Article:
by James Hearne
“One of the best math teachers I’ve ever had.”
“Some people are so hardcore it is ridiculous- she is a w*#tch!”
“I found her lectures to be very helpful and the material understandable.”
“Diabolical fiendress who mutilates, then devours students for pleasure…”
These are just some of the comments, for math instructor Daphne Sluys, on Rate My Professors (www.ratemyprofessors.com). Sluys, who also runs Whatcom Community College’s math center, chuckles at some of the comments, even as she shakes her head.
“Gosh, here’s one with a lot of spelling mistakes,” she says. “What kind of student is this, I wonder?”
The website, started in 1999, has a database of professors and other teaching faculty, complete with student-submitted ratings, and comments. Of course, this includes the faculty of Whatcom Community College.
Sluys said that one of her biggest complaints is that rating terms such as “flexibility”can mean different things to different people. She noted that one student accused her of not being flexible because she wouldn’t allow him to retake a test.
Some instructors have a different perspective on the site. Take Dr. Dominique Coulet Du Gard. An anthropology instructor, she scores 4.4 under “overall quality” and has such comments as, “Dr. Coulet is an awesome teacher. She is an expert in her field. Why doesn’t WCC hire her full time?”
Coulet said she has not checked her profile in quite a few years, though she is flattered by the glowing comments that fill her profile. She also acknowledges that the site has its uses, but says that students should take a lot of what they read on the site with a grain of salt. “It’s a service for and by students,” she said.
“Students make of it what they want,” Coulet added.
Coulet went on to say that she has heard of low ratings on the site leading to problems for instructors. “Students will avoid low-scoring instructors, and class enrollment will drop.”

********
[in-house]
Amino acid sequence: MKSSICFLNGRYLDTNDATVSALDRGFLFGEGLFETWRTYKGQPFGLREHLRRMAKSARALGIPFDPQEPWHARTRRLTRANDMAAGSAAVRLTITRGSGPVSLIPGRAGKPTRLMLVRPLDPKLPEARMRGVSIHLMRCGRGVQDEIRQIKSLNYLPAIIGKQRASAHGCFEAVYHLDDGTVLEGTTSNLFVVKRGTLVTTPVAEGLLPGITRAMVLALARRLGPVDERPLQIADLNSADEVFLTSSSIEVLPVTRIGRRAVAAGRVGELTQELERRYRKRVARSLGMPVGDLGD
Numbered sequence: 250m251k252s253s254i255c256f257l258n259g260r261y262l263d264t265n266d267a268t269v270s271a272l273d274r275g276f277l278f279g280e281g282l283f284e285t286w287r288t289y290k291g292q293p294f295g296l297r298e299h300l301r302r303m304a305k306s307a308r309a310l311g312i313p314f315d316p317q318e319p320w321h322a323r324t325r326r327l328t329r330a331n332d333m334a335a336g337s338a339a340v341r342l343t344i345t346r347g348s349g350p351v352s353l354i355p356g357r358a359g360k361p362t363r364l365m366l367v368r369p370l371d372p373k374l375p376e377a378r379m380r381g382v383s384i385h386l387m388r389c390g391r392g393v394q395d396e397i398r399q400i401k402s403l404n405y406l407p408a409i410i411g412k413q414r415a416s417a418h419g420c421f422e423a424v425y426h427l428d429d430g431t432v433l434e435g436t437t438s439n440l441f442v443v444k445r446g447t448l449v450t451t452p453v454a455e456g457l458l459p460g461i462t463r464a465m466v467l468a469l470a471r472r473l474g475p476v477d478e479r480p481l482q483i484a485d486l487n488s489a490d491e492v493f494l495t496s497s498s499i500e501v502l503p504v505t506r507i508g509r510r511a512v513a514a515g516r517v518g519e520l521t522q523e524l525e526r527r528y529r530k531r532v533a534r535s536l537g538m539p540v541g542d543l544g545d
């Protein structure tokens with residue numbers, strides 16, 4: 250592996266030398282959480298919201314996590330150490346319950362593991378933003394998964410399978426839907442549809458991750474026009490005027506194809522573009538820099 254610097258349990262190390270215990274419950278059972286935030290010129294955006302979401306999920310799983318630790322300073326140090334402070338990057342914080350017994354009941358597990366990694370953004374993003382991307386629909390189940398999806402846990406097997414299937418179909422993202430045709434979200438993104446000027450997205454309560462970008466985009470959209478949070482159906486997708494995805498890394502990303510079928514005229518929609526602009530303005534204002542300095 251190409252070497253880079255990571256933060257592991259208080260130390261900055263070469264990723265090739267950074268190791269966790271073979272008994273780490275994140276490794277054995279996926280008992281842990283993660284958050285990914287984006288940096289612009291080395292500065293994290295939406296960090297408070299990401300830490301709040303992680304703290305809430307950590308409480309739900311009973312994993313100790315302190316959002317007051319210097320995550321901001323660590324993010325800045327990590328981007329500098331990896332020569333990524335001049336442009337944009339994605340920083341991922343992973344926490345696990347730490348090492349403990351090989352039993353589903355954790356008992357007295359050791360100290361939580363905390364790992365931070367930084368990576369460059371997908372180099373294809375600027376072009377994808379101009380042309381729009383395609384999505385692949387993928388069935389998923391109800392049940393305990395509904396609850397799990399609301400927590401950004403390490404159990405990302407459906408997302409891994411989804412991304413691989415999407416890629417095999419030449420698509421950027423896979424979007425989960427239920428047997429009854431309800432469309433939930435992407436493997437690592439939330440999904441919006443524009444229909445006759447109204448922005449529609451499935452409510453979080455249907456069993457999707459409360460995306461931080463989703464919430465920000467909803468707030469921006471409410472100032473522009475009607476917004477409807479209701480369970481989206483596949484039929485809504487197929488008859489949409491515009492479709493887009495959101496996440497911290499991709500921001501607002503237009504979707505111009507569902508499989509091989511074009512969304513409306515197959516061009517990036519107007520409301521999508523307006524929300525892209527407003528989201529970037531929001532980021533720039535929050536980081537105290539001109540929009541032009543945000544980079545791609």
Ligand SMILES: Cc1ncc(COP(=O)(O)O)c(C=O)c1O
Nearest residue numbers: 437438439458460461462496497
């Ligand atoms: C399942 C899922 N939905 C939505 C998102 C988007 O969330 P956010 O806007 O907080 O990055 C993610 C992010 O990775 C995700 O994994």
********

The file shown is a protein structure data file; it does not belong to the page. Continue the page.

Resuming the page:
Guy Smith, who teaches communication studies, does keep up a little bit more with his ratings on the site, although he said he’s trying not to. His “overall quality” score is 4.7. Smith said that the site is basically the internet version of what he and his schoolmates used to do.
“We talked to each other,” Smith said. “It’s always good to talk to people.” He also says that, much like Facebook is an optimization of keeping in touch with friends and family, Rate My Professor is a way of exchanging information about teachers and professors.
Smith does say that he has seen a few comments whose veracity he questions. “I’ve seen some comments posted there and thought, ‘There is no way in hell that’s accurate.”
Tony Will, another Communication Studies instructor, says that the student evaluations, which are administered on a regular basis, serve the same function, in theory. Will, who has a 4.4, also says that student evaluation comments tend to be more focused on the quality of instruction, whereas Rate My Professor is more about how easy that teacher is to get along with.
“Is this teacher fun? Is this teacher pleasant to be around? Is this teacher nice?” Will said. “That’s what the evaluations on Rate My Professor tend to focus on.”
Plenty of students, at least at Whatcom, have either never heard of the site, or simply don’t use it that often.
Gino Sahagun, a Whatcom student, said that he has consulted Rate My Professor, but does not use it to determine which classes he takes. He said he left a comment recently. “I said he was a nice guy, but a little unprepared,” he said.
Andrew Rivas said that he does go to the site, to learn what his professors are like, but does not leave comments. “I just like to check them out beforehand,” he said.
Shawn Chantaboune says that he looks at a professor’s ratings, but does not rate them himself. He said he looks at the comments for “teaching styles, lessons, what to expect.”
“It doesn’t help me choose what professors I take a class with,” Chantaboune said, “but it does give me information on what professors I’ve already decided on.”